What is Copper Patina?
Copper patina is a thin layer that forms on the surface of copper as a result of natural oxidation or chemically induced. Natural oxidation of copper occurs as a result of exposure to atmospheric elements such as acidic rain, carbon dioxide, oxygen and other sulfur bearing compounds. The process by which a patina is formed is known as patination. Formation of copper patina makes a body to lose its original color and texture and forms a bluish or a greenish surface. The nature of the patina formed depends on the environmental conditions surrounding the copper body.
In clean environments such as rural areas, natural patina is formed by a slow chemical reaction that leads to the formation of copper carbonate. In urban areas, where the environment is endowed with sulfurous acid rain, the copper patina formed is mainly composed of sulphide and sulphate compounds. The color of the patina formed can be either green or blue depending on the composition of copper and the chemicals that lead to patination.
Different Types of Patinas
There are two main types of patinas, natural patinas and applied patinas.
Natural Copper Patina
Also known as unintentional patinas are formed as a result of exposure of copper to oxidizing environment. In the natural patination process, copper undergoes several processes until a unique patina is formed. The color changes are also gradual from salmon pink, orange, red, blue, green and purple, until a thick light green or blue green color is finally formed. Natural copper patination process begins immediately copper is exposed to the environment. Copper reacts with atmospheric oxygen to form copper oxide, copper oxide films become noticeable within the first six months of exposure. During the initial stages, the patina film formation is uneven, however, after nine months, the layer thickens and becomes even. After a few years, cupric sulfide conversion occurs which makes the surface to darken and become brownish. As the process continues, the sulfide films are transformed into sulfates which are blue green or gray green. Copper patina is a very thin layer and ranges from 0.05 to 0.07 mm in thickness. However, they adhere to the underlying copper surface.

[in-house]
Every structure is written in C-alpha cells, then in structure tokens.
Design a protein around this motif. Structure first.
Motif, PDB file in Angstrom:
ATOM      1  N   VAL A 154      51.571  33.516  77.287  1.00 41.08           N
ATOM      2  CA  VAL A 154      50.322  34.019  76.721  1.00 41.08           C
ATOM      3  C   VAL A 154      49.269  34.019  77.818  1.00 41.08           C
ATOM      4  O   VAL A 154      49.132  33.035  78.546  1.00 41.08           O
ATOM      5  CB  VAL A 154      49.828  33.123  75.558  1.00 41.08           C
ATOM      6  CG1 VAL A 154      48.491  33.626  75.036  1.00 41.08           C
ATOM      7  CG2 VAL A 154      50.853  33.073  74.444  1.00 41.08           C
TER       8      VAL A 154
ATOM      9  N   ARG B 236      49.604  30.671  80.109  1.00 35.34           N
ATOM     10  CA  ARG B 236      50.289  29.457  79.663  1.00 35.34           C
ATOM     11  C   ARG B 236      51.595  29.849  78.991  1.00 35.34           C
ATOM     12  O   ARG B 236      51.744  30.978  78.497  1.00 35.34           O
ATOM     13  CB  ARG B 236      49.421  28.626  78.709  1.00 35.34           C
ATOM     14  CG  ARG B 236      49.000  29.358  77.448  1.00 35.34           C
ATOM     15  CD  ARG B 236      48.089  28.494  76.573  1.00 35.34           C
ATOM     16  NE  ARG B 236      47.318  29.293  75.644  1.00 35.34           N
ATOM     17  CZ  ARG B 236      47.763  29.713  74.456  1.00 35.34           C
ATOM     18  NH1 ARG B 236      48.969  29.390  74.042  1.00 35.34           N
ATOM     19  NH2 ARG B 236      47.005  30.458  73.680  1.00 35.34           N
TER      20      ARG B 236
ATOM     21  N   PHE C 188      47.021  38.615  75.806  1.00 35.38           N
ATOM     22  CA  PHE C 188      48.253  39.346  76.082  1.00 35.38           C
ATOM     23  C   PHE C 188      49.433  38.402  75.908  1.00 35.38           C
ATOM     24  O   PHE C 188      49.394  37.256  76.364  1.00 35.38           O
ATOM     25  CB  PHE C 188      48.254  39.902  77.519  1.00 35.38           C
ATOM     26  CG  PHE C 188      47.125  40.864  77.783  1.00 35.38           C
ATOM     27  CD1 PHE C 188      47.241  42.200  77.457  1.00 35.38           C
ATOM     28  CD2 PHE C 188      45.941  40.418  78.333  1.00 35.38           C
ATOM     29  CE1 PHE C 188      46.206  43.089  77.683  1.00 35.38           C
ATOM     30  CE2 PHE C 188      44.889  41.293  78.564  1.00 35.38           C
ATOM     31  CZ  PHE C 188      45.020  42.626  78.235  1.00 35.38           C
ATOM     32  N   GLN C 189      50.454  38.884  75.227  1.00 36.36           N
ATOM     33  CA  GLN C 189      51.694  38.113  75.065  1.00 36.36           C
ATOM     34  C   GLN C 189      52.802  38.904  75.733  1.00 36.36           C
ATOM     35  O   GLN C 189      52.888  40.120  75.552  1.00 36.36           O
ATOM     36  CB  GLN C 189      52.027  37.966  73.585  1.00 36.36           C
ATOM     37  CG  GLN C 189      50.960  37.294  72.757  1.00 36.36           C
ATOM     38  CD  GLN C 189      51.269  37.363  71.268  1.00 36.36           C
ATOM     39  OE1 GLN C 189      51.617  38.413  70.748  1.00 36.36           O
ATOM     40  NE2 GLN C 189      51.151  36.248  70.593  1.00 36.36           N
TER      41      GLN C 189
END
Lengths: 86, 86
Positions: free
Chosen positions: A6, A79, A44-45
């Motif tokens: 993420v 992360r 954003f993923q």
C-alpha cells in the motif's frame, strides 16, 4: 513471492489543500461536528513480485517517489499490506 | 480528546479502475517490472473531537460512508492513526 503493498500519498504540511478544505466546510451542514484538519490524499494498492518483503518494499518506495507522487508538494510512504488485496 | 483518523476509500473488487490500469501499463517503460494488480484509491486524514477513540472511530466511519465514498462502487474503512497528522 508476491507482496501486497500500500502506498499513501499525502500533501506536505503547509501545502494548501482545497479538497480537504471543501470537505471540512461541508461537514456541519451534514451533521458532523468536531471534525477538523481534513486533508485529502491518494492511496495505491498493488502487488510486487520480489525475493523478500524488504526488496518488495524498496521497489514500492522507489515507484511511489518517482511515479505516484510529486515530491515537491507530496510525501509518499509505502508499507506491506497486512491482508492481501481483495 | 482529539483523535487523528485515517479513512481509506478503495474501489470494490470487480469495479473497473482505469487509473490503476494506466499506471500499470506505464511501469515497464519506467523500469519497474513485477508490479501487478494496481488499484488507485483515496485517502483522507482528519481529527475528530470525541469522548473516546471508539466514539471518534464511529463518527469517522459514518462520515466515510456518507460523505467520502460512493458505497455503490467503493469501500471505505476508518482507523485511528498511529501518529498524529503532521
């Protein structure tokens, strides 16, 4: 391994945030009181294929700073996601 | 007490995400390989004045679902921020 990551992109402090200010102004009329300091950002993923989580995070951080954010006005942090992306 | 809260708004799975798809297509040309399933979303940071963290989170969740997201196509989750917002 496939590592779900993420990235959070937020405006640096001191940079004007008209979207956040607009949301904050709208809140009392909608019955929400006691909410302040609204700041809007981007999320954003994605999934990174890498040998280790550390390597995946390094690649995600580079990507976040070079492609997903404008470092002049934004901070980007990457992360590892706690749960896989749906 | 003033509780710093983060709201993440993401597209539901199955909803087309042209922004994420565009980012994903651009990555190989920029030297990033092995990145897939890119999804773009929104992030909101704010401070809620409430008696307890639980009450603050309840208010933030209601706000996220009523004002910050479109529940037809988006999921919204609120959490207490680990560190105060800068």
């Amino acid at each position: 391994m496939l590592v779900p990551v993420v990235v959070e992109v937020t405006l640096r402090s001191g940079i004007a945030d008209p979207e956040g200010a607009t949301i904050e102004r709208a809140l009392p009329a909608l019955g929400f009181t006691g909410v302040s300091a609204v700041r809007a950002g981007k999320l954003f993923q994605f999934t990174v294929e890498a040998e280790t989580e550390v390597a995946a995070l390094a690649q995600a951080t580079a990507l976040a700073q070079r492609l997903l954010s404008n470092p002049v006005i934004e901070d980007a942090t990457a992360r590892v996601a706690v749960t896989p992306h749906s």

Applied Copper Patina
The other type of patina is intentional patina. Metalworkers and artists deliberately add patina to the original copper body to reap the benefits of a patinated surface. This manual process of patination usually referred to as finishing, the product gains a particular look, color and feel. Chemically inducing patina is a demanding process which requires a lot of craftsmanship and experience. The techniques used are subject to time, humidity, surface preparation and several other variables. Chemicals used in the patination process include, acid chloride, acid sulfate, ammonium chloride, hydrochloric acid and ammonium sulphate.
Chemical Copper Patination
This process is important especially where old buildings are to be repaired; it produces a close match of color of the already existing patinated copper and the repairing copper. Additionally, it covers any surface markings on the copper body. Another main use of chemical patination is that it is done on surfaces where patination is desired but will not occur. Chemical patination is, however prone to several problems. It lacks adhesion as the natural patina, lack of color uniformity over a large surface and excessive staining of surrounding materials.
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